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Vocabulary Acquisition Strategies & Language Aptitude

  • Jakob PoschnerEmail author
Chapter
Part of the English Language Education book series (ELED, volume 16)

Abstract

According to the lexical approach in language teaching, it is lexis which functions as the most important building block for communication. Therefore, it is of great importance to examine how vocabulary, also in the form of multiword lexical units, can be acquired most efficiently. Vocabulary learning strategies haven been a constant field of research since the 1970s, providing linguists and teachers with information about different cognitive vocabulary learning strategies. Additionally, language aptitude tests improved significantly since their development and were able to prove their validity. Studies showed that low aptitude learners drastically improved with the help of specific vocabulary acquisition strategies, whereas high aptitude learners did not benefit from such strategies. Taking this finding into consideration, this research investigates whether people with a lower language aptitude use particular cognitive strategies more frequently compared to persons with a higher aptitude. A questionnaire has been designed to measure people’s preferences for various cognitive vocabulary acquisition strategies. The questionnaire focuses on three well known and two little-known, but innovative, strategies: learning vocabulary with the help of pictorial representations, grouping corresponding words together, antonyms and synonyms, using physical actions accompanying vocabulary learning and the keyword method. A total of 19 German native speakers participated in the study. The LLAMA B test has been chosen to measure vocabulary acquisition aptitude. The research shows that low aptitude learners do not use significantly more cognitive vocabulary acquisition strategies than high aptitude learners.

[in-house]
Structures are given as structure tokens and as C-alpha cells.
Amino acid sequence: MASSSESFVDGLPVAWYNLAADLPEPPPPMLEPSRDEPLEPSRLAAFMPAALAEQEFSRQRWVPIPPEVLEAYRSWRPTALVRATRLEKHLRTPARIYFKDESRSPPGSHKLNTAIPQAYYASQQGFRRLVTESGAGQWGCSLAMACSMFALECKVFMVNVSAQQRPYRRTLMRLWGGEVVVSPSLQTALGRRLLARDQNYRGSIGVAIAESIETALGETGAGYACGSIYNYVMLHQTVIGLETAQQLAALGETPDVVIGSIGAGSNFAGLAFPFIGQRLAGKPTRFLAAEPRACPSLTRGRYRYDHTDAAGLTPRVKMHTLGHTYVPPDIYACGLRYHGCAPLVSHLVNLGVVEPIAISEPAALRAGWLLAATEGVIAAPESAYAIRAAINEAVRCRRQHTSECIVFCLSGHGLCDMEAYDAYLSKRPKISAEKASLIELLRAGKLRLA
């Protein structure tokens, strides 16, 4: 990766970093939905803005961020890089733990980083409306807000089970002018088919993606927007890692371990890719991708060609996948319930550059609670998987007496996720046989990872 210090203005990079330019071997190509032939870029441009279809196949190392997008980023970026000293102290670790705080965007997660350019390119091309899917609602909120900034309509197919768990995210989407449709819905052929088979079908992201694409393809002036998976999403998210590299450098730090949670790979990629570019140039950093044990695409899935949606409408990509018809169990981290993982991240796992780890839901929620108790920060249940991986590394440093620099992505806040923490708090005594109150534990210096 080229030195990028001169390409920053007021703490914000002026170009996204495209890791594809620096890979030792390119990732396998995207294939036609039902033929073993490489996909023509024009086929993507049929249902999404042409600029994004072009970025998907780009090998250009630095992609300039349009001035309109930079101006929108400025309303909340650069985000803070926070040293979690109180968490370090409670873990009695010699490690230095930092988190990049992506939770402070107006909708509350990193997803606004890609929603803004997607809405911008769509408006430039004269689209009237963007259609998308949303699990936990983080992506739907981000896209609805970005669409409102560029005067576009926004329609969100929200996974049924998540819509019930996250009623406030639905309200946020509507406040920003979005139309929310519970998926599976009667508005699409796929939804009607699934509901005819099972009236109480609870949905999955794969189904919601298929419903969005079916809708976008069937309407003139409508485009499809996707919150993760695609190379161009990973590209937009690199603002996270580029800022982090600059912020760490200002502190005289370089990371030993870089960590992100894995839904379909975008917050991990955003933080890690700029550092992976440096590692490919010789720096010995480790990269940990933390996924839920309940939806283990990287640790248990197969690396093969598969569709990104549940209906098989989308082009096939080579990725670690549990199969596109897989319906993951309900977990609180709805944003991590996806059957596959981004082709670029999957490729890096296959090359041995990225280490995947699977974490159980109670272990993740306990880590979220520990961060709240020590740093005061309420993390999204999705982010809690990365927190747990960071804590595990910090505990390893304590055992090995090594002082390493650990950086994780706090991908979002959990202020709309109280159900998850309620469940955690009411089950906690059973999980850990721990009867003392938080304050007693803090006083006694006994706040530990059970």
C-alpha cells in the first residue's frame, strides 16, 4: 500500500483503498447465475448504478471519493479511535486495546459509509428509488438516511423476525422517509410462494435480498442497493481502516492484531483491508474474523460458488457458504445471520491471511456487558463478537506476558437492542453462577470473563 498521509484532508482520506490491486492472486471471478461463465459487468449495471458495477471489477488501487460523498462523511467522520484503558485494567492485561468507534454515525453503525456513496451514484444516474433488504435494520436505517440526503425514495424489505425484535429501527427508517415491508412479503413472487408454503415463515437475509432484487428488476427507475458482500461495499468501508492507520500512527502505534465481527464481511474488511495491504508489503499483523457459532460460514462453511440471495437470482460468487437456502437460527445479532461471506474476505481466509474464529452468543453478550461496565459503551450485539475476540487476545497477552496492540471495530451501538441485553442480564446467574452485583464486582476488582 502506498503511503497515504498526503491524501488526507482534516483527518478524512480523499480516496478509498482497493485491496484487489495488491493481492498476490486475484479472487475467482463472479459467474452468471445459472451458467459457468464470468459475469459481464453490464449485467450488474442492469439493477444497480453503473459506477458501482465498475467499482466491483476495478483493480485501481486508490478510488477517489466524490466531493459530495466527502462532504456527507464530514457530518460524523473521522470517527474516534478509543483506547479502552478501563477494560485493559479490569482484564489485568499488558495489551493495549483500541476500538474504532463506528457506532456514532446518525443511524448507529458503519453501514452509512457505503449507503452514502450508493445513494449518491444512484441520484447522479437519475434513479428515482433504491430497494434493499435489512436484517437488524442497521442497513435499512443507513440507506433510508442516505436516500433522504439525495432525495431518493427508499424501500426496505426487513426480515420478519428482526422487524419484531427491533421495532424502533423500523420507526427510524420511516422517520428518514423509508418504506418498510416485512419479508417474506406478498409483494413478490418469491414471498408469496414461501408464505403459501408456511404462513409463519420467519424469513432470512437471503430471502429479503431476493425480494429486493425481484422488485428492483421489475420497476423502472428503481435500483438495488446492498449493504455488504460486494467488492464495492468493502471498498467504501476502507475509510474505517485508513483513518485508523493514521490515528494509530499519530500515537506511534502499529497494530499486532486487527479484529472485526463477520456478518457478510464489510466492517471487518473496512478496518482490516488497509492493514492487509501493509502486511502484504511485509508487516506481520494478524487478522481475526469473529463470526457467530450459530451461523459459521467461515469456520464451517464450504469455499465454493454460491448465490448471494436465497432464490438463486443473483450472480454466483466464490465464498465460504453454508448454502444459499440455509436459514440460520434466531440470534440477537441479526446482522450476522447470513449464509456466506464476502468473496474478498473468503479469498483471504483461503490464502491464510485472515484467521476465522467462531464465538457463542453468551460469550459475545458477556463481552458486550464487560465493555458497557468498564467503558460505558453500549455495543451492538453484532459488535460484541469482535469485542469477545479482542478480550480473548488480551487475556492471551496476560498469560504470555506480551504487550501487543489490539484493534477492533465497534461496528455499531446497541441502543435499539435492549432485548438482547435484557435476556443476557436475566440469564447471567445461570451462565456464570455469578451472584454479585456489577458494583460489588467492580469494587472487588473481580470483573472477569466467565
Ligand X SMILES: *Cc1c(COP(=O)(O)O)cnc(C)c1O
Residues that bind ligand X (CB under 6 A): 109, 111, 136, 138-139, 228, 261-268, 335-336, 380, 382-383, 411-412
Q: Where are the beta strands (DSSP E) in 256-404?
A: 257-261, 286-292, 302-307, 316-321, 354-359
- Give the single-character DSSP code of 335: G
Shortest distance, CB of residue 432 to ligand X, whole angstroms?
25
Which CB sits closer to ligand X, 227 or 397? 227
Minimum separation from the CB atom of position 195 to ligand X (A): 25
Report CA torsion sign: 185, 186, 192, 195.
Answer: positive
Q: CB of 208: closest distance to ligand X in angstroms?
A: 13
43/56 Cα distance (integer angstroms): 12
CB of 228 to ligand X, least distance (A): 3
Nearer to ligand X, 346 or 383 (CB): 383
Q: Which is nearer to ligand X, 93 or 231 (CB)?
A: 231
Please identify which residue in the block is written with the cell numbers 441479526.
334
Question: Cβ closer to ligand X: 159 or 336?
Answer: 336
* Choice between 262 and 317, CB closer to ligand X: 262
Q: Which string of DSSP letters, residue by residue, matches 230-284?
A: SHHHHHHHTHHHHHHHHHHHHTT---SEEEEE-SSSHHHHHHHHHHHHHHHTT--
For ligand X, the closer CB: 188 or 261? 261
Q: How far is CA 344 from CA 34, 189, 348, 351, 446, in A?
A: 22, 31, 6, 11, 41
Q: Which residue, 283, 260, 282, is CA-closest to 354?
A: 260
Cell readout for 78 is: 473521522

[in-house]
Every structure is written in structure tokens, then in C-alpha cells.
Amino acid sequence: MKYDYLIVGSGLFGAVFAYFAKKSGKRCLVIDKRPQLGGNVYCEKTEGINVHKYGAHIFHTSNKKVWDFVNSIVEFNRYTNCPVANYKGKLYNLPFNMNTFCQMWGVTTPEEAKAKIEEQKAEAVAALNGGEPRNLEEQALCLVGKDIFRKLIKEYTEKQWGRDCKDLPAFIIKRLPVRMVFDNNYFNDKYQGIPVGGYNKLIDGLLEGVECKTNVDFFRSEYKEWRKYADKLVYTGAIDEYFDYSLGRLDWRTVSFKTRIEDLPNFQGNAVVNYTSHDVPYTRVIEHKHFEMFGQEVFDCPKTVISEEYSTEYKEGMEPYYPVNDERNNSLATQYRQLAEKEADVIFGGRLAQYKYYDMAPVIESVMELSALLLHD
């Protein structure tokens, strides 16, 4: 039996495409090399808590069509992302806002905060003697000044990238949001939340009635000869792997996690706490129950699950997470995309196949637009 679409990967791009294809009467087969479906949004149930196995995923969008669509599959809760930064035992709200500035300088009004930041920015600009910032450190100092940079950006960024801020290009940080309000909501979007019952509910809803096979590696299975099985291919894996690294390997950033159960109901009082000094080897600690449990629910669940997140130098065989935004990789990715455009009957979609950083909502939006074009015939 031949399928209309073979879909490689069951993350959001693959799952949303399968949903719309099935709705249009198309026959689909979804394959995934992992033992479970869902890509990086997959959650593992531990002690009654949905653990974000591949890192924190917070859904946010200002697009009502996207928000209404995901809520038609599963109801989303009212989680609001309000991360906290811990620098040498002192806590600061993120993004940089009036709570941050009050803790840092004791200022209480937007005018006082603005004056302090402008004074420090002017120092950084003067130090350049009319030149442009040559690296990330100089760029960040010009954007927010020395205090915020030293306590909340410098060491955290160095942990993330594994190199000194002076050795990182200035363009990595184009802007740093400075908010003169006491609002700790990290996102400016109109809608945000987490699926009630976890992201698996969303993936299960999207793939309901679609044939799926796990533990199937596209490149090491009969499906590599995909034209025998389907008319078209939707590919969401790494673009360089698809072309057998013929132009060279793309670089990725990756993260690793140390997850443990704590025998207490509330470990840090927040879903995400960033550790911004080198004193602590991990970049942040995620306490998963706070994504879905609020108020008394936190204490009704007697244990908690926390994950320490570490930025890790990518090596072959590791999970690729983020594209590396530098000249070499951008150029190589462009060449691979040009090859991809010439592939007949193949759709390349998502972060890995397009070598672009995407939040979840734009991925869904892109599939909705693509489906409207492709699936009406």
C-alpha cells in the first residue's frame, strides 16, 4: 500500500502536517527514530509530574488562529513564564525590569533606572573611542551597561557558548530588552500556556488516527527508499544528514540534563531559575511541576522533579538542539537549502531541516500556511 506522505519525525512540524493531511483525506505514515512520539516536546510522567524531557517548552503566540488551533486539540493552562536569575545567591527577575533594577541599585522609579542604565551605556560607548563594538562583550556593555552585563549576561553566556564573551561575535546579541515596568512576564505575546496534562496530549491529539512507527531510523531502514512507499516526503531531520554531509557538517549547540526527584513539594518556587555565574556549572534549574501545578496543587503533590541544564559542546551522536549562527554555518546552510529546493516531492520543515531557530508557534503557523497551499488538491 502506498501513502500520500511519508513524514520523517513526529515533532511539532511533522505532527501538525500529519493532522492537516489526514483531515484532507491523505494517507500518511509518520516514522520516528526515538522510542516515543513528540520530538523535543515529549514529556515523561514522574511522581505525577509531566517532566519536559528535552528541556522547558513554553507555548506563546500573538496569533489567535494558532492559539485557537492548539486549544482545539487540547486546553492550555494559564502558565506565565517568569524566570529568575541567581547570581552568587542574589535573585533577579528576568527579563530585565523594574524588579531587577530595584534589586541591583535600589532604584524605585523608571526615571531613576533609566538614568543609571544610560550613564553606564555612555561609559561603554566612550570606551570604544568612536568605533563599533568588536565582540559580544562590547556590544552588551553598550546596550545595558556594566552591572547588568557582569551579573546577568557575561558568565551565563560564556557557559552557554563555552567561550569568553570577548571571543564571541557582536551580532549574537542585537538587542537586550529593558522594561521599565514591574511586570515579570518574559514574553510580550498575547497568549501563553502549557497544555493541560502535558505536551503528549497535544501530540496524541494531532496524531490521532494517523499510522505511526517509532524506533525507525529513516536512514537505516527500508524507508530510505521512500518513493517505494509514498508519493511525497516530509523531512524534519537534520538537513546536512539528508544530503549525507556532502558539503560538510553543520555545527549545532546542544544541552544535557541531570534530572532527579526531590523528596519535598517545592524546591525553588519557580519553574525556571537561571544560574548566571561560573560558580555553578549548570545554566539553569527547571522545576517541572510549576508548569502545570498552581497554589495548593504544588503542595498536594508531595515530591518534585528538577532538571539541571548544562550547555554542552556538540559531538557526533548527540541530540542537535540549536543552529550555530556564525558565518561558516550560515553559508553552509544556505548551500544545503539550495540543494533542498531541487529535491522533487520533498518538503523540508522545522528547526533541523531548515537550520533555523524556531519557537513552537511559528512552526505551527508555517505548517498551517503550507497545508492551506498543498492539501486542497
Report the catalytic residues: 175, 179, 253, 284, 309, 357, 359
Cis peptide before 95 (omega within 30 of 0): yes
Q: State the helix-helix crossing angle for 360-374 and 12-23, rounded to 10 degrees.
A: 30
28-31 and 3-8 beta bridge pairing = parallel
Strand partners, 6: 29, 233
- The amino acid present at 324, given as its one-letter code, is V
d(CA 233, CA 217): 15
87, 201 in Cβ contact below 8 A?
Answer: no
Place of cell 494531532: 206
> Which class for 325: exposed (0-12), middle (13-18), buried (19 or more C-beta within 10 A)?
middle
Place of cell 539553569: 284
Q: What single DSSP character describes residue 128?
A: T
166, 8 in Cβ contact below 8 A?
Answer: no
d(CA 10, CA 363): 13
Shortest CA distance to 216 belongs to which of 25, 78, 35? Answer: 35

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Copyright information

© Springer International Publishing AG, part of Springer Nature 2018

Authors and Affiliations

  1. 1.Department of Linguistics & Department of English and American StudiesUniversity of ViennaViennaAustria

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